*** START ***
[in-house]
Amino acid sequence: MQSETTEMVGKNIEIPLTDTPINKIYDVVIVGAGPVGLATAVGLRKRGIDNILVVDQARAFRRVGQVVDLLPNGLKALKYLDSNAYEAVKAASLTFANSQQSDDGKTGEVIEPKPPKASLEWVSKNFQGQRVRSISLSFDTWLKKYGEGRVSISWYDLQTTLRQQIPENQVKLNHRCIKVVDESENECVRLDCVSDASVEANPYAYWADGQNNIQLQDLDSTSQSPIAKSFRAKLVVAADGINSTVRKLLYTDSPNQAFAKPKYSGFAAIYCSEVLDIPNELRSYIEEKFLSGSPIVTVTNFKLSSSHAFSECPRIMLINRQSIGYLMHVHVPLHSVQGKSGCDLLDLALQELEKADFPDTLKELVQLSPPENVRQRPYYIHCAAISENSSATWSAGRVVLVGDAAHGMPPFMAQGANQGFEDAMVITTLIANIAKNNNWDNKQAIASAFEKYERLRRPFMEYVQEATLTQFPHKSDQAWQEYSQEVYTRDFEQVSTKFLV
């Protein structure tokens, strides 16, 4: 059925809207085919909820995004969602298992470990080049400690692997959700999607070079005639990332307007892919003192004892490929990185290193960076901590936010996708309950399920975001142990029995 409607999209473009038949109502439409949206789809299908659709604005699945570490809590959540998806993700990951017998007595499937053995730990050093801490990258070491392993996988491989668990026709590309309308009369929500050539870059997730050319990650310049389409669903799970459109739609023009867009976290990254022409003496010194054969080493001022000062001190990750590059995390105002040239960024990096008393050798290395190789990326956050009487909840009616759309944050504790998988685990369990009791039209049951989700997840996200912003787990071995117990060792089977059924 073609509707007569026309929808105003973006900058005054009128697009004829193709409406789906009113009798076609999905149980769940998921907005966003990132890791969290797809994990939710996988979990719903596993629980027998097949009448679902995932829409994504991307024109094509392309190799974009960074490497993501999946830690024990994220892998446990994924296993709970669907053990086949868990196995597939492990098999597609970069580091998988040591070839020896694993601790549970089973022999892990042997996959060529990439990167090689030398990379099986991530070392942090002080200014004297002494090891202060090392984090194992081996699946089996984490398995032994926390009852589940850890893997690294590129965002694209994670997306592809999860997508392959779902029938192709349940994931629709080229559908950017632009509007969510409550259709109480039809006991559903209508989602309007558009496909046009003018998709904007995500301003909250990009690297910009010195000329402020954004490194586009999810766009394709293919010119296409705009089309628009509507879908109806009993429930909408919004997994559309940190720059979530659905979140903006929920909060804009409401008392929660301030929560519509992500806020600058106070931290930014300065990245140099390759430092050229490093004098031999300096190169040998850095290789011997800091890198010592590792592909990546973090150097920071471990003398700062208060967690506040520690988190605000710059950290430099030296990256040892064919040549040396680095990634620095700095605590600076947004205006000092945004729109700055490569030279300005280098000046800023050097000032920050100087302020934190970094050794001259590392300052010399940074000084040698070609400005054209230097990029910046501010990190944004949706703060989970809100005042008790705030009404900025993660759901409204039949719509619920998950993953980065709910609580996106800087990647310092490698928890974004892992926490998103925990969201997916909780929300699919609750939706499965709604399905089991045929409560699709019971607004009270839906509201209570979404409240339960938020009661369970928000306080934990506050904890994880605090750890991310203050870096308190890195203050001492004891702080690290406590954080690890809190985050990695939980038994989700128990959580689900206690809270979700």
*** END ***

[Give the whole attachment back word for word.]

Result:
[in-house]
Amino acid sequence: MQSETTEMVGKNIEIPLTDTPINKIYDVVIVGAGPVGLATAVGLRKRGIDNILVVDQARAFRRVGQVVDLLPNGLKALKYLDSNAYEAVKAASLTFANSQQSDDGKTGEVIEPKPPKASLEWVSKNFQGQRVRSISLSFDTWLKKYGEGRVSISWYDLQTTLRQQIPENQVKLNHRCIKVVDESENECVRLDCVSDASVEANPYAYWADGQNNIQLQDLDSTSQSPIAKSFRAKLVVAADGINSTVRKLLYTDSPNQAFAKPKYSGFAAIYCSEVLDIPNELRSYIEEKFLSGSPIVTVTNFKLSSSHAFSECPRIMLINRQSIGYLMHVHVPLHSVQGKSGCDLLDLALQELEKADFPDTLKELVQLSPPENVRQRPYYIHCAAISENSSATWSAGRVVLVGDAAHGMPPFMAQGANQGFEDAMVITTLIANIAKNNNWDNKQAIASAFEKYERLRRPFMEYVQEATLTQFPHKSDQAWQEYSQEVYTRDFEQVSTKFLV
């Protein structure tokens, strides 16, 4: 059925809207085919909820995004969602298992470990080049400690692997959700999607070079005639990332307007892919003192004892490929990185290193960076901590936010996708309950399920975001142990029995 409607999209473009038949109502439409949206789809299908659709604005699945570490809590959540998806993700990951017998007595499937053995730990050093801490990258070491392993996988491989668990026709590309309308009369929500050539870059997730050319990650310049389409669903799970459109739609023009867009976290990254022409003496010194054969080493001022000062001190990750590059995390105002040239960024990096008393050798290395190789990326956050009487909840009616759309944050504790998988685990369990009791039209049951989700997840996200912003787990071995117990060792089977059924 073609509707007569026309929808105003973006900058005054009128697009004829193709409406789906009113009798076609999905149980769940998921907005966003990132890791969290797809994990939710996988979990719903596993629980027998097949009448679902995932829409994504991307024109094509392309190799974009960074490497993501999946830690024990994220892998446990994924296993709970669907053990086949868990196995597939492990098999597609970069580091998988040591070839020896694993601790549970089973022999892990042997996959060529990439990167090689030398990379099986991530070392942090002080200014004297002494090891202060090392984090194992081996699946089996984490398995032994926390009852589940850890893997690294590129965002694209994670997306592809999860997508392959779902029938192709349940994931629709080229559908950017632009509007969510409550259709109480039809006991559903209508989602309007558009496909046009003018998709904007995500301003909250990009690297910009010195000329402020954004490194586009999810766009394709293919010119296409705009089309628009509507879908109806009993429930909408919004997994559309940190720059979530659905979140903006929920909060804009409401008392929660301030929560519509992500806020600058106070931290930014300065990245140099390759430092050229490093004098031999300096190169040998850095290789011997800091890198010592590792592909990546973090150097920071471990003398700062208060967690506040520690988190605000710059950290430099030296990256040892064919040549040396680095990634620095700095605590600076947004205006000092945004729109700055490569030279300005280098000046800023050097000032920050100087302020934190970094050794001259590392300052010399940074000084040698070609400005054209230097990029910046501010990190944004949706703060989970809100005042008790705030009404900025993660759901409204039949719509619920998950993953980065709910609580996106800087990647310092490698928890974004892992926490998103925990969201997916909780929300699919609750939706499965709604399905089991045929409560699709019971607004009270839906509201209570979404409240339960938020009661369970928000306080934990506050904890994880605090750890991310203050870096308190890195203050001492004891702080690290406590954080690890809190985050990695939980038994989700128990959580689900206690809270979700």